adidas-Salomon sales up, stock falls based on 2005 forecast
Despite strong sales for the third quarter, adidas-Salomon (ADSG.DE) saw its stock drop after forecasting its sales will be flat in the first half of 2005. Sales for its Salomon division increased 6 percent in currency-neutralÂ terms in the third quarter aided by strong performance in its winter and summer categories.
Overall, third-quarter net sales for the entire company increased 9 percent on a currency-neutral basis with improvements coming from all brands and regions. This represents growth of 5 percent in Euro terms to Euro 1.953 billion (USD $2.532 billion) in 2004 from Euro 1.853 billion (USD $2.402 billion) in the third quarter of 2003. Gross margin improved 2.8 percentage points to 47.8 percent of sales from 45.0 percent in the prior year. Third-quarter operating profit grew 16 percent to Euro 313 million (USD $405.8 million) in 2004 from Euro 270 million (USD $350.1 million) in the prior year. Net income was up 19 percent reaching Euro 179 million (USD $232.1 million) versus Euro 150 million (USD $194.5 million) in 2003, driven by strong growth in Asia and a turnaround in the U.S. market. This equates to basic earnings per share of Euro 3.92 (USD $5.08) and represents an increase of 18 percent versus the prior year of Euro 3.31 per share (USD $4.29).
Currency-neutral sales for the company rose 6 percent in the first nine months of 2004. In Euro terms, revenues increased 3 percent to Euro 5.044 billion (USD $6.540 billion) in 2004 from Euro 4.913 billion (USD $6.370 billion) in the first nine months of 2003.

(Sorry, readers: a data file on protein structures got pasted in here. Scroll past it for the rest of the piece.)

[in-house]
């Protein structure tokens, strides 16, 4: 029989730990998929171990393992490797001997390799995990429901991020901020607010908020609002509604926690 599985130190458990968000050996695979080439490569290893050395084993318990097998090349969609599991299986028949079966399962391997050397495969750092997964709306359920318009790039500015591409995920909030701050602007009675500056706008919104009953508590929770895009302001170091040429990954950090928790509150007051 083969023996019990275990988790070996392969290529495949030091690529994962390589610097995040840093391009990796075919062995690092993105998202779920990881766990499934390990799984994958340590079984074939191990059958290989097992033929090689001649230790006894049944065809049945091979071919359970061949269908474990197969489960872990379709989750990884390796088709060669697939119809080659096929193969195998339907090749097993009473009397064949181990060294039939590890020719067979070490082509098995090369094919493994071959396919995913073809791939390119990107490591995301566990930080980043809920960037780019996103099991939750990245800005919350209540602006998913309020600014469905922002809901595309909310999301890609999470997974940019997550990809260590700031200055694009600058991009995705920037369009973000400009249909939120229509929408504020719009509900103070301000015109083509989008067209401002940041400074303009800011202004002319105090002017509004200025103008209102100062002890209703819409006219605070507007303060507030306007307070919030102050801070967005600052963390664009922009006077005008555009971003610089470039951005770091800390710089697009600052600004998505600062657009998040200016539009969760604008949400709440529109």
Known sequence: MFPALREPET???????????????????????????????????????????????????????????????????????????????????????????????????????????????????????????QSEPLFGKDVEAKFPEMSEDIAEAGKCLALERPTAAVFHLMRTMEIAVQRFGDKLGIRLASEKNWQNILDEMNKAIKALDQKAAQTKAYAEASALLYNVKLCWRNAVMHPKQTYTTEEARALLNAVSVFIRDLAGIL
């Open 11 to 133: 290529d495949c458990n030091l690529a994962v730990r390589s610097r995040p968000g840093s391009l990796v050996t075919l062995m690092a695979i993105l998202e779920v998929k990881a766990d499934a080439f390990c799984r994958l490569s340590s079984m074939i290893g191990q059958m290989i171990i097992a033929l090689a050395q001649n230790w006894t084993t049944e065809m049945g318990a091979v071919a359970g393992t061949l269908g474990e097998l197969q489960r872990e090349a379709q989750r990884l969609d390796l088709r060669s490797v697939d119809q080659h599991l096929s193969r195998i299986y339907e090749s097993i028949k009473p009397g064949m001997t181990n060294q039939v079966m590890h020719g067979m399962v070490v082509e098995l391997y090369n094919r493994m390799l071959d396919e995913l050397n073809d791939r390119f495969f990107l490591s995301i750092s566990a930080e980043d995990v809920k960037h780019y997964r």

For the Salomon division, sales increased 6 percent in currency-neutral terms in the third quarter. In euros, Salomon’s third-quarter sales improved 3 percent, reaching Euro 205 million (USD $265 million) from 2003’s Euro 199 million (USD $258 million). According to the company, Salomon sales increased 5 percent on a currency-neutral basis for the first nine months of 2004 and was attributed to “solid developments in winter and summer categories, particularly in the apparel, cycling and Nordic categories.” All regions except Asia contributed to the increase. In euros, revenue increased by 2 percent to Euro 399 million (USD $517.3 million) in 2004 from Euro 390 million (USD $505.7 million) in the first nine months of 2003.
The company was tripped up by its main adidas brand. For the first time in 10 quarters, orders for the brand fell 4 percent in Europe. adidas attributed it to struggling retailers KarstadtQuelle, Germany’s leading department store operator, and Giacomelli, once Italy’s leading sporting goods retailer which is now insolvent.
CEO Herbert Hainer told a conference call that overall orders were expected to be flat in the first half of 2005. Also, for 2005, the company predicted slower earnings growth, up only 10 percent to 15 percent, with sales seen up to 9 percent. As a result, shares in adidas-Salomon fell 2.21 percent to Euro 111.73, or USD $143.35, on Nov. 4 — the third biggest decliner in DAX, which is one of the index groups of the German stock exchange.
(Conversion of Euros into U.S. dollars is for information only, is not necessarily relative to earnings, and is based on the currency rate as of Nov. 4.)
LaCrosse profit up 82 percent for quarter